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Are the new USACA constitution and elections quite as open and democratic as they might seem
February 1, 2007
The revelation that the USA Cricket Association had finally put forward a new constitution to its stakeholders was, on the face of it, a rare piece of good news in the murky world of domestic US cricket. But after a closer look, the news might not be as good as it seemed.
Within hours of the announcement there were signs of unrest. The most obvious issue was that the whole deal was presented as one that only needed rubber stamping rather than consideration. After months of silence and rumour, stakeholders were given three weeks to digest the proposals, circulate and discuss them, and vote. While that may be time enough, there was a feeling of indecent haste about the whole process.
And then there was the issue of the regions, and more specifically the clubs within those regions. A close examination shows that there is a considerable imbalance between the way the regions are divided. More worryingly, some regions appear to have grown at a phenomenal rate.
One regional president made his views clear. "There are a number of so called clubs that are nothing but bogus clubs," he told Cricinfo. "I challenge this administration to conduct a through independent audit of all clubs in all regions to see if they really play cricket or if certain individuals chose to pay $30 per club time eight per League (i.e. $240 per year) to ensure they have enough leagues and enough clubs to vote."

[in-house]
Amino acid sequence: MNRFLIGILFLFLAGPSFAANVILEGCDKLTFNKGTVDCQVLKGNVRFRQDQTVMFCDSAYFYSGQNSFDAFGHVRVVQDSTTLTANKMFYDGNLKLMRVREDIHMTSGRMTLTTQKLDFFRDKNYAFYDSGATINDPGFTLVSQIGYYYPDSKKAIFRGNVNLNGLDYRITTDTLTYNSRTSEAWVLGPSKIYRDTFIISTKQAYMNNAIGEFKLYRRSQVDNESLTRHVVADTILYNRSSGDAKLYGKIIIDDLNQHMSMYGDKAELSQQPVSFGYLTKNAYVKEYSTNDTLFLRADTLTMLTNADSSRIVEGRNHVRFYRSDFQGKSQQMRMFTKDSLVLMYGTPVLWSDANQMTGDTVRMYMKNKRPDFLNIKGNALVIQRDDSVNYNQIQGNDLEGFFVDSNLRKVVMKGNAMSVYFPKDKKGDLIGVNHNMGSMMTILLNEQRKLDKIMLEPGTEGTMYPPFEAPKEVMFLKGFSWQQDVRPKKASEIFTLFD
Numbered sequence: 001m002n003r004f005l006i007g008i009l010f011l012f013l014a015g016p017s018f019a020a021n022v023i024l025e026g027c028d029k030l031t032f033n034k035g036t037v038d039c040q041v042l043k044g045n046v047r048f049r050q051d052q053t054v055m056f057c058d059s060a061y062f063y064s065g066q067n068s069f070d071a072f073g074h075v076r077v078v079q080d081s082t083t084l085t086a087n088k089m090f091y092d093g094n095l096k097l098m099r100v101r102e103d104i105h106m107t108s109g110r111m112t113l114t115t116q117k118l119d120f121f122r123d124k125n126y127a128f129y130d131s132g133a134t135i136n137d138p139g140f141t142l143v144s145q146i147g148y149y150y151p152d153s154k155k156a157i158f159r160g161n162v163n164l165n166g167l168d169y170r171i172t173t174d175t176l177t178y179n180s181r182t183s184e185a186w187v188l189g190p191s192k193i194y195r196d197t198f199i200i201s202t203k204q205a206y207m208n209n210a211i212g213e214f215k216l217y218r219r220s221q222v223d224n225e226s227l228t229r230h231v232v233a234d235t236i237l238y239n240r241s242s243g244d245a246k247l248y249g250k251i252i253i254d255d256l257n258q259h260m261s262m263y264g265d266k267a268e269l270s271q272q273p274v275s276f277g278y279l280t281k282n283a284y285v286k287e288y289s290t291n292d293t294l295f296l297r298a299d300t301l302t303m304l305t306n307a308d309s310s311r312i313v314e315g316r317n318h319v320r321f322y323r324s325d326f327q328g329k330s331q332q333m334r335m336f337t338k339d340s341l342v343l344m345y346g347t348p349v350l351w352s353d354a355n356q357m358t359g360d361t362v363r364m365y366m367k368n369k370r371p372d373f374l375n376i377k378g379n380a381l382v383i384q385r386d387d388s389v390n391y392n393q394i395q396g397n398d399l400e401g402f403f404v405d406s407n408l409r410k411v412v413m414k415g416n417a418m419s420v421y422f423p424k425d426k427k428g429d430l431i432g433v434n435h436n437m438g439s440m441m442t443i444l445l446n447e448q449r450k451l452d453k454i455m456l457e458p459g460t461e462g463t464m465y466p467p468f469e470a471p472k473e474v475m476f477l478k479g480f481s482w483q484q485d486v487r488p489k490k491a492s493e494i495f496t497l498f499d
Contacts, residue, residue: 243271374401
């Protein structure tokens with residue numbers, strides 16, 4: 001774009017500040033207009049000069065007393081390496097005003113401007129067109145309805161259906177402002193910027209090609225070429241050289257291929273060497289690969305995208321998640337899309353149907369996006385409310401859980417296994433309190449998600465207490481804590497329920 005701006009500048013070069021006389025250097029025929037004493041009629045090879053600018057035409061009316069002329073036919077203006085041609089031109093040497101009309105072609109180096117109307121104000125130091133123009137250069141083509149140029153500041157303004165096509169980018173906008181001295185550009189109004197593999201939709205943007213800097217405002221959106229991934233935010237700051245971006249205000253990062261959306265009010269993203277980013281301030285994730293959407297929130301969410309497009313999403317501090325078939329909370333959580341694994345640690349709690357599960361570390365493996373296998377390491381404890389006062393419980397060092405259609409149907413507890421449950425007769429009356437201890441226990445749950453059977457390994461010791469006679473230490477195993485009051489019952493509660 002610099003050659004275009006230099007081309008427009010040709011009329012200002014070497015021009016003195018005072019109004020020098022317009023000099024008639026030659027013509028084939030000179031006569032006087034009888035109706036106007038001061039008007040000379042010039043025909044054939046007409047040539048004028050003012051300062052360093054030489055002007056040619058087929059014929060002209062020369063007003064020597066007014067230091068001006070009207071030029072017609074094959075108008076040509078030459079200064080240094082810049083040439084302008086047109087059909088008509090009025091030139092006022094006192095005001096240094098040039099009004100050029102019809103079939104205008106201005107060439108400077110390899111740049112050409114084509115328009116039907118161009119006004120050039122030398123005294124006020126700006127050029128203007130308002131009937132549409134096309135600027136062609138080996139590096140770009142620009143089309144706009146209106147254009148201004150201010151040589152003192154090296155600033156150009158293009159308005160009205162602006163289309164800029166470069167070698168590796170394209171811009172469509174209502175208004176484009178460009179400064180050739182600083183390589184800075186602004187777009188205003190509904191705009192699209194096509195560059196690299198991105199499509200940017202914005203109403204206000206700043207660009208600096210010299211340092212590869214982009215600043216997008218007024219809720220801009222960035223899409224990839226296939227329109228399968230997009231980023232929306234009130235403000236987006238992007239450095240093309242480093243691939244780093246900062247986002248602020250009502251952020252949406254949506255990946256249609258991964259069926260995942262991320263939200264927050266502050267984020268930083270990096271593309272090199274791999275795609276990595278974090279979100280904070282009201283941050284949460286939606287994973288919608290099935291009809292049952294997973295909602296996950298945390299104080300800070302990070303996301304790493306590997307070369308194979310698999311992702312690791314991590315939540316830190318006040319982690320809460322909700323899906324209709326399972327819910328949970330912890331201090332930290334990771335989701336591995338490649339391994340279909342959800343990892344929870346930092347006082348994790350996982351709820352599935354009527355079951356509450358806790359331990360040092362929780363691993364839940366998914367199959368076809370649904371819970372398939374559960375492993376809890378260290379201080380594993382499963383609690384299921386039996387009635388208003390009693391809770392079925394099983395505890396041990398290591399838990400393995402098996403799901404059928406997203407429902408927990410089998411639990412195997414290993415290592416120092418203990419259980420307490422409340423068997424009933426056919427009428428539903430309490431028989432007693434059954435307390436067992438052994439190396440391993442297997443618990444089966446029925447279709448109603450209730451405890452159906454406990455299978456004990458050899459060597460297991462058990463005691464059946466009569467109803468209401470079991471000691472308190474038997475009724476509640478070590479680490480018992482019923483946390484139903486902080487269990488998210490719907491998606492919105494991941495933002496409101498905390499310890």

In other words, are all the clubs recognised by the USACA genuine?
A quick examination of the numbers of affiliated clubs in each region throws up some remarkable stories. In the Atlantic region, in 2004 there were 69 clubs - now there are 133. It's the same story elsewhere. North East region has grown from 16 to 40 clubs; Central East from 51 to 127. This may represent a tremendous success for the USACA in that it has expanded the game.
Cynics claim it is little more than an exercise in manipulation. Each of the regions will elect a representative to the USACA board, so gain control of the regions and you effectively run the USACA. The new clubs may well decide whether the current regime is allowed to carry on or not.
"You're damned if you do, damned if you don't," a senior official said. "If you oppose the constitution then you are hampering progress; if you are in favour of the constitution you are keeping the incumbent in power."
The most recent elections were shrouded in controversy. It seems that these will be no different. The veneer of democracy will keep the ICC happy and will satisfy the various external companies rumoured to be about to climb into bed with the USACA. It will also ensure that the existing bosses remain in place.
Unless leopards can change their spots, that is likely to mean a continuation of a policy of running US cricket in virtual secrecy, with no information made available to stakeholders or the media.
Like elections in the old Soviet Union, they claim to be democratic and open when in reality they are quite the opposite. The candidates offer themselves for a re-election that is inevitable and as soon as the poll is counted, they wave, head back behind the curtain and carry on as before.
Perhaps we are wrong and this is a brave new world. We have asked senior USACA officials to comment, as we have repeatedly done over the last two years. Stay tuned to see if they reply. Stay tuned, that is, but don't hold your breath.
© ESPN Sports Media Ltd.
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